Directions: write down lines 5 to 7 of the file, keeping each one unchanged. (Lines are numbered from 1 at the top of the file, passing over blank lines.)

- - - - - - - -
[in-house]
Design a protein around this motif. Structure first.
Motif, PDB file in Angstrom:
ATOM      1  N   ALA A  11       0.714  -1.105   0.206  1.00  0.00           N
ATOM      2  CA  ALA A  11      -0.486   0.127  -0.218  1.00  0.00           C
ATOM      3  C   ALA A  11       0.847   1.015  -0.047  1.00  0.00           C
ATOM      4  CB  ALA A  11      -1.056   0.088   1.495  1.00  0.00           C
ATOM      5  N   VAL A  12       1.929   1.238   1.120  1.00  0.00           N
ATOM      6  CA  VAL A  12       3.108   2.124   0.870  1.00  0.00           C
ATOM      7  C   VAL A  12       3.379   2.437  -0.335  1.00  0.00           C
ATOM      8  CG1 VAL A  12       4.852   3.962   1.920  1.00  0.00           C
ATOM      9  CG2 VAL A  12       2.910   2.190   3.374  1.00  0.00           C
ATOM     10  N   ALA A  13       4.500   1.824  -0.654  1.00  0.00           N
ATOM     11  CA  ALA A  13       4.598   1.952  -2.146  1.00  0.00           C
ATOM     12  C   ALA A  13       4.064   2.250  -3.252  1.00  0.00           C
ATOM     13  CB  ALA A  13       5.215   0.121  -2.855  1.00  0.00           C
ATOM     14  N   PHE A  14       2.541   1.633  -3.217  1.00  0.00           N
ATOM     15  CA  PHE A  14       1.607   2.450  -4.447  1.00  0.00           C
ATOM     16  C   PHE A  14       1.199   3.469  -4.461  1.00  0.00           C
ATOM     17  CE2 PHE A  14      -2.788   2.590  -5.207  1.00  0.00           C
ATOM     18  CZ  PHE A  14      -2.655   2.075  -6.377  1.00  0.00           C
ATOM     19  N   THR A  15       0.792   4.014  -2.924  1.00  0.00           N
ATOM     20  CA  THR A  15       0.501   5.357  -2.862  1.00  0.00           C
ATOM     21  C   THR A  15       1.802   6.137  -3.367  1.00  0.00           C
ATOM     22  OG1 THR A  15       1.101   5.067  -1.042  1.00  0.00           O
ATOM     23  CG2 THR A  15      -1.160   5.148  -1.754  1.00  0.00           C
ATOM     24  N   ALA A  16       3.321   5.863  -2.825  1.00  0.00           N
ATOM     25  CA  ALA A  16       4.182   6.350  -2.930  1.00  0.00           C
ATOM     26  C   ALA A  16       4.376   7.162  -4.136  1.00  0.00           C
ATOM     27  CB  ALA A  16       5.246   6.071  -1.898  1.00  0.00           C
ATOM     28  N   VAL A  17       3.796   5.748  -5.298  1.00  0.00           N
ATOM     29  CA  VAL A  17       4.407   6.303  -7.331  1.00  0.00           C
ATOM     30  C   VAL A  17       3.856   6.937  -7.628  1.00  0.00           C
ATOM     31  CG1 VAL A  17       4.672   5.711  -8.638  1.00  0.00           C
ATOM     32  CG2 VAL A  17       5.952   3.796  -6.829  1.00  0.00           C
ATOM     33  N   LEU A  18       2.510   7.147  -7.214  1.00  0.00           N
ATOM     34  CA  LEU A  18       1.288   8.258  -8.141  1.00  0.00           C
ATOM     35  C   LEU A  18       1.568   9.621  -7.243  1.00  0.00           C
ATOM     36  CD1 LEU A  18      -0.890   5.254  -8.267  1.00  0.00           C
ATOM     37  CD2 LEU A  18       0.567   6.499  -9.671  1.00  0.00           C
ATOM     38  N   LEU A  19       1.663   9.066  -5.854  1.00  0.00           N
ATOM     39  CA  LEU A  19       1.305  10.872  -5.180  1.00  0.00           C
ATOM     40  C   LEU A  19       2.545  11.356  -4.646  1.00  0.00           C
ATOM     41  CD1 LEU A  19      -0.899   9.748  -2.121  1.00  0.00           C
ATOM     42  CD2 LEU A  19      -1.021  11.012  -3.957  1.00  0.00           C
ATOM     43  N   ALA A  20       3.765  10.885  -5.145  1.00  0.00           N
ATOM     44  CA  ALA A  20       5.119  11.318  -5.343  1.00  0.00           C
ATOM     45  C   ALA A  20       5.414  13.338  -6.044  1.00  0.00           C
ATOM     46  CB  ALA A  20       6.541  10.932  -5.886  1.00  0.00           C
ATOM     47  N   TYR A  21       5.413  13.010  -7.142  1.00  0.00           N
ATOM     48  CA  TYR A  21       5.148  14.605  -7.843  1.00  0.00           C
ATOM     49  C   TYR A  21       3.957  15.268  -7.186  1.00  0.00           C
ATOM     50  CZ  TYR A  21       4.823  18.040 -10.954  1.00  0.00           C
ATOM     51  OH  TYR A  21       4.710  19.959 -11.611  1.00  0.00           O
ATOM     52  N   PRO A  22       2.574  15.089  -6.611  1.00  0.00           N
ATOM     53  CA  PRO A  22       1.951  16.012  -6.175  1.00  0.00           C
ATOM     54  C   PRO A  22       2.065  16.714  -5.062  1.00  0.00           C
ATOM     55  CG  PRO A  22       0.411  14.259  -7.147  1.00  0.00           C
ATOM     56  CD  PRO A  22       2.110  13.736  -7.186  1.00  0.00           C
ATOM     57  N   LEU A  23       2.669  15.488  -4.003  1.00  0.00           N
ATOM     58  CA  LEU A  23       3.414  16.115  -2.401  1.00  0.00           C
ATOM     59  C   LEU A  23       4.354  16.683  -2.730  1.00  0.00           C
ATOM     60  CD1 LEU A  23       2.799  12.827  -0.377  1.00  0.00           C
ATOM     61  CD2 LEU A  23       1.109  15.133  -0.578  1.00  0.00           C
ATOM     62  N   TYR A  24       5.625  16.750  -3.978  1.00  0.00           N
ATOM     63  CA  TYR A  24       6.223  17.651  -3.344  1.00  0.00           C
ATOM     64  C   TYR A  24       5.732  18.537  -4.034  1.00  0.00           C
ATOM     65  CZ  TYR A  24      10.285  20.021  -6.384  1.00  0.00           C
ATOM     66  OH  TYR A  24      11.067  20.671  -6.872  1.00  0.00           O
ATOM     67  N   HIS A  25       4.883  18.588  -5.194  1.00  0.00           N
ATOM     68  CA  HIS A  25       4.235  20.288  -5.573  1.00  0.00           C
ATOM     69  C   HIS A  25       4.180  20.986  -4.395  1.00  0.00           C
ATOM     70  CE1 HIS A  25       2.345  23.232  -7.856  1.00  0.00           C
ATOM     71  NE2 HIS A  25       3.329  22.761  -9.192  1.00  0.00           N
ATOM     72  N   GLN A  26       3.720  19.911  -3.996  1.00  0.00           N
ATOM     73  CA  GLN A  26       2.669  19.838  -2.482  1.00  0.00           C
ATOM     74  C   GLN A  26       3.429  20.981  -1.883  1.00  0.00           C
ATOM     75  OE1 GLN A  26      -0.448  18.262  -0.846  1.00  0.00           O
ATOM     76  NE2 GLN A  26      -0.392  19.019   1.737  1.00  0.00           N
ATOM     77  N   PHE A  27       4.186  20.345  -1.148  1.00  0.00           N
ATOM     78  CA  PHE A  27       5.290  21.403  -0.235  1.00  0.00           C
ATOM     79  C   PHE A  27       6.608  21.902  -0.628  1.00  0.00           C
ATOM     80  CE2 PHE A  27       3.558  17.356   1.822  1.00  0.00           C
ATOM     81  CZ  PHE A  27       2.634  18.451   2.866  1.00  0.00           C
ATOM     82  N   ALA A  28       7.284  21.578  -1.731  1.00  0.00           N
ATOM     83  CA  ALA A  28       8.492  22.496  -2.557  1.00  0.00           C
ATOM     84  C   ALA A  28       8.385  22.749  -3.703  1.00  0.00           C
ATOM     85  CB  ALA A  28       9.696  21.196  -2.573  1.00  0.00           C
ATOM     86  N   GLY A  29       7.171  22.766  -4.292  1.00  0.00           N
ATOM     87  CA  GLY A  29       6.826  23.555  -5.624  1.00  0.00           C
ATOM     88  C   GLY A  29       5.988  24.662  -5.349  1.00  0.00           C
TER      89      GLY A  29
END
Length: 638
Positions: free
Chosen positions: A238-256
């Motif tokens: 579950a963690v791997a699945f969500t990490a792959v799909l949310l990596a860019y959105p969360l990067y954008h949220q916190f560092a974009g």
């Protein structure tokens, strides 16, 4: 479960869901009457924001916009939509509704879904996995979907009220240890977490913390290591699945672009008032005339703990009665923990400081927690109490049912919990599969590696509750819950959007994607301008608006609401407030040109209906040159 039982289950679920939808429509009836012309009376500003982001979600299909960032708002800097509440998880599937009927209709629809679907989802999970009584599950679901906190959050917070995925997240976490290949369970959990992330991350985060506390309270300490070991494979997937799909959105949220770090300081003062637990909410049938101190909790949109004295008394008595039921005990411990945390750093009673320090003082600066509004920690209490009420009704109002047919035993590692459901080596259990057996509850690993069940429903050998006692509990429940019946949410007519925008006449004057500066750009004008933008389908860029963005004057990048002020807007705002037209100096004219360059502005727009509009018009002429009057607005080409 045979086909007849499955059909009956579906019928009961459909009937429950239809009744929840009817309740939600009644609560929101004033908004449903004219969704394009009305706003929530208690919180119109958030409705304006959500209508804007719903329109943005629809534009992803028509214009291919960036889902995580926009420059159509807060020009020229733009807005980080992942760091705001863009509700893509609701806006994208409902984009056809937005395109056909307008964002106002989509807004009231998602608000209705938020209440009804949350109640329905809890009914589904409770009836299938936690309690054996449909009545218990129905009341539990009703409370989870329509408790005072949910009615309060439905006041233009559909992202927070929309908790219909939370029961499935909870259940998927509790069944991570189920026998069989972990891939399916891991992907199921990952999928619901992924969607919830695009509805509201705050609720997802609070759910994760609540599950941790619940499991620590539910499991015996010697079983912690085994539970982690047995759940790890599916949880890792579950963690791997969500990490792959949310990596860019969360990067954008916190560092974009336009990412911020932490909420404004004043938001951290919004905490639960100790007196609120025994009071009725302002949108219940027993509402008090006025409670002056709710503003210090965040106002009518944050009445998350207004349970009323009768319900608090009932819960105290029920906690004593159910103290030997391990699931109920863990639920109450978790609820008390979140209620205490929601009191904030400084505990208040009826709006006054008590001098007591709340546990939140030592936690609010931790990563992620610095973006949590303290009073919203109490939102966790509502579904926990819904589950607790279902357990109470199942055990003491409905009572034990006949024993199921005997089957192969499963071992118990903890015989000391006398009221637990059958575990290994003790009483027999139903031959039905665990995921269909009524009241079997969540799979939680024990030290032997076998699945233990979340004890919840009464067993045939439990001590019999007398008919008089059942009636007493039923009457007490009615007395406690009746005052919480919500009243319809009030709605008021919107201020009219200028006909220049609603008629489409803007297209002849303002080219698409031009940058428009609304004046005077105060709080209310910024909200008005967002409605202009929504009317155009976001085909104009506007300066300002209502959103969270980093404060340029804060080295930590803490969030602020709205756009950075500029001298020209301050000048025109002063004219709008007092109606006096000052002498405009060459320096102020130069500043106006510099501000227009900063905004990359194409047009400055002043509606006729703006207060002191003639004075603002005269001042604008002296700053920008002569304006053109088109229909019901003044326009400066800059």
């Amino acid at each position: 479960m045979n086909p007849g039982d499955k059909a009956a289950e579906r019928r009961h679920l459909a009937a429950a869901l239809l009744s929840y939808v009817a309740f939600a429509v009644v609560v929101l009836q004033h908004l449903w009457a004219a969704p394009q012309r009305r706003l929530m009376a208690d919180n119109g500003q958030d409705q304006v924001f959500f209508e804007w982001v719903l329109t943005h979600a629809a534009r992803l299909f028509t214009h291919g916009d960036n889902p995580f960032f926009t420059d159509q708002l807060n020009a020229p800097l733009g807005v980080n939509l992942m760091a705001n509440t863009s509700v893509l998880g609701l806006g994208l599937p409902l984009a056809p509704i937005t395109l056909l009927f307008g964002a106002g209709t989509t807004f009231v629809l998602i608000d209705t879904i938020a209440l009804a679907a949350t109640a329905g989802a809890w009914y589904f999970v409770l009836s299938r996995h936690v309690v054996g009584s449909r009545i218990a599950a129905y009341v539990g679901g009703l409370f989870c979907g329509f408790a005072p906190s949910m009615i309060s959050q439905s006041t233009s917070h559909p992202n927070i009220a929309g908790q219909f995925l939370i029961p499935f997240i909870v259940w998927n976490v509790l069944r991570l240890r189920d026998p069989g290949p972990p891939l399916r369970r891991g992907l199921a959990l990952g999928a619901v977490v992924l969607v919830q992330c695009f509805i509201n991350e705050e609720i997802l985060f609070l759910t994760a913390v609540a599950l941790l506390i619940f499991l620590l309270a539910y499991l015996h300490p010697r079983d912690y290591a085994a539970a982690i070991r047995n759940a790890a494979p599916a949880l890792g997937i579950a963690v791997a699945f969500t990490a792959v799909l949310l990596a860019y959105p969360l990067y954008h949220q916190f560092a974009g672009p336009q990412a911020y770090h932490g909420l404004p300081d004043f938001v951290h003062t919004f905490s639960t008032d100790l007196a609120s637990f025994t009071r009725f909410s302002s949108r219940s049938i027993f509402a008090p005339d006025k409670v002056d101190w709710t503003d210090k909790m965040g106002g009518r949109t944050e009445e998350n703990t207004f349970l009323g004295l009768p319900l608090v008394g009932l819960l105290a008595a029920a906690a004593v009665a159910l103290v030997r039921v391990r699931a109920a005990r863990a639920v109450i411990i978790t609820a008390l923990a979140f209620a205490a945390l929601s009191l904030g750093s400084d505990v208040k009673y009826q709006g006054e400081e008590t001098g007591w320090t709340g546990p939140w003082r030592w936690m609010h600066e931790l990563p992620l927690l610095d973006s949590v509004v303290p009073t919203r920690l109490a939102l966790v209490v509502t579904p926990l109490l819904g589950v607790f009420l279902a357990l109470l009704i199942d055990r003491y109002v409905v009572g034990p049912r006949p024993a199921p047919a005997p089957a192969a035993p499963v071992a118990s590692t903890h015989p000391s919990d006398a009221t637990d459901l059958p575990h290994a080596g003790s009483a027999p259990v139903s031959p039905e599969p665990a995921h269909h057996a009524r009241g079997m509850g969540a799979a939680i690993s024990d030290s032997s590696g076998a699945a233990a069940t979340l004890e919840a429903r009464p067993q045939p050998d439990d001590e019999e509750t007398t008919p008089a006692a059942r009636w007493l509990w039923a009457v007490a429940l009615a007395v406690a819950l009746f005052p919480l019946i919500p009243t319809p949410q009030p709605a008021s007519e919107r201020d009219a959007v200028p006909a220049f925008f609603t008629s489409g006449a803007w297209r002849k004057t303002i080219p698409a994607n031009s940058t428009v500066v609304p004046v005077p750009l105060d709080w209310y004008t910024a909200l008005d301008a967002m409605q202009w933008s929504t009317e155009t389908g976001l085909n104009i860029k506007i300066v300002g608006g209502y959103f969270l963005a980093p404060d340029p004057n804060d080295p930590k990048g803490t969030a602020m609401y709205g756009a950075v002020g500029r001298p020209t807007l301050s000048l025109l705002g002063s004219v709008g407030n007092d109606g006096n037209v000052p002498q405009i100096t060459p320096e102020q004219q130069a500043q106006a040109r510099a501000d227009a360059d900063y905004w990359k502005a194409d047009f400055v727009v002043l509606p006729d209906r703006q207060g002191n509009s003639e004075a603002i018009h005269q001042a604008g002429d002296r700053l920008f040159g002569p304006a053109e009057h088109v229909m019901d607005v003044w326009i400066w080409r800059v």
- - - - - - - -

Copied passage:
ATOM      2  CA  ALA A  11      -0.486   0.127  -0.218  1.00  0.00           C
ATOM      3  C   ALA A  11       0.847   1.015  -0.047  1.00  0.00           C
ATOM      4  CB  ALA A  11      -1.056   0.088   1.495  1.00  0.00           C